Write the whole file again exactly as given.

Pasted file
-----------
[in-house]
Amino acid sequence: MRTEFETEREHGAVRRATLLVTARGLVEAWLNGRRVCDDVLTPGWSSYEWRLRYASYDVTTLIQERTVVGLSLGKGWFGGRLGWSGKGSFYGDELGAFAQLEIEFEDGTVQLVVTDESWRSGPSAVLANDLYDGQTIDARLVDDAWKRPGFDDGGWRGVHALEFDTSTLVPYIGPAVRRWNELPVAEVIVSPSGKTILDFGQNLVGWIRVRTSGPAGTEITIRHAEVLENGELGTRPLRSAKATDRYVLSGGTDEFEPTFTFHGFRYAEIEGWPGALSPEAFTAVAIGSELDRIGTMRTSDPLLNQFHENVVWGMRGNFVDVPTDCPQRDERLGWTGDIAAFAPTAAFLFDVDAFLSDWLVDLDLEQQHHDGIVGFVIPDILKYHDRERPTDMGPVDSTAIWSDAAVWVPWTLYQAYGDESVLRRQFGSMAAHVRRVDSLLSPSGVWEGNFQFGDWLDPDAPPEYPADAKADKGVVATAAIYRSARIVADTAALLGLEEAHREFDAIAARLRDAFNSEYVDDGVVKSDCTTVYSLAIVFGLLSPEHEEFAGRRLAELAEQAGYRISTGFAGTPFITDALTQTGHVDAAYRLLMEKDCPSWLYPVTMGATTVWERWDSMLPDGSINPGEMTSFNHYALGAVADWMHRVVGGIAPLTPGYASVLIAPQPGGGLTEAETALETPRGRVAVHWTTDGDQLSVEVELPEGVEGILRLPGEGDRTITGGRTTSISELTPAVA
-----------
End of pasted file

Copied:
[in-house]
Amino acid sequence: MRTEFETEREHGAVRRATLLVTARGLVEAWLNGRRVCDDVLTPGWSSYEWRLRYASYDVTTLIQERTVVGLSLGKGWFGGRLGWSGKGSFYGDELGAFAQLEIEFEDGTVQLVVTDESWRSGPSAVLANDLYDGQTIDARLVDDAWKRPGFDDGGWRGVHALEFDTSTLVPYIGPAVRRWNELPVAEVIVSPSGKTILDFGQNLVGWIRVRTSGPAGTEITIRHAEVLENGELGTRPLRSAKATDRYVLSGGTDEFEPTFTFHGFRYAEIEGWPGALSPEAFTAVAIGSELDRIGTMRTSDPLLNQFHENVVWGMRGNFVDVPTDCPQRDERLGWTGDIAAFAPTAAFLFDVDAFLSDWLVDLDLEQQHHDGIVGFVIPDILKYHDRERPTDMGPVDSTAIWSDAAVWVPWTLYQAYGDESVLRRQFGSMAAHVRRVDSLLSPSGVWEGNFQFGDWLDPDAPPEYPADAKADKGVVATAAIYRSARIVADTAALLGLEEAHREFDAIAARLRDAFNSEYVDDGVVKSDCTTVYSLAIVFGLLSPEHEEFAGRRLAELAEQAGYRISTGFAGTPFITDALTQTGHVDAAYRLLMEKDCPSWLYPVTMGATTVWERWDSMLPDGSINPGEMTSFNHYALGAVADWMHRVVGGIAPLTPGYASVLIAPQPGGGLTEAETALETPRGRVAVHWTTDGDQLSVEVELPEGVEGILRLPGEGDRTITGGRTTSISELTPAVA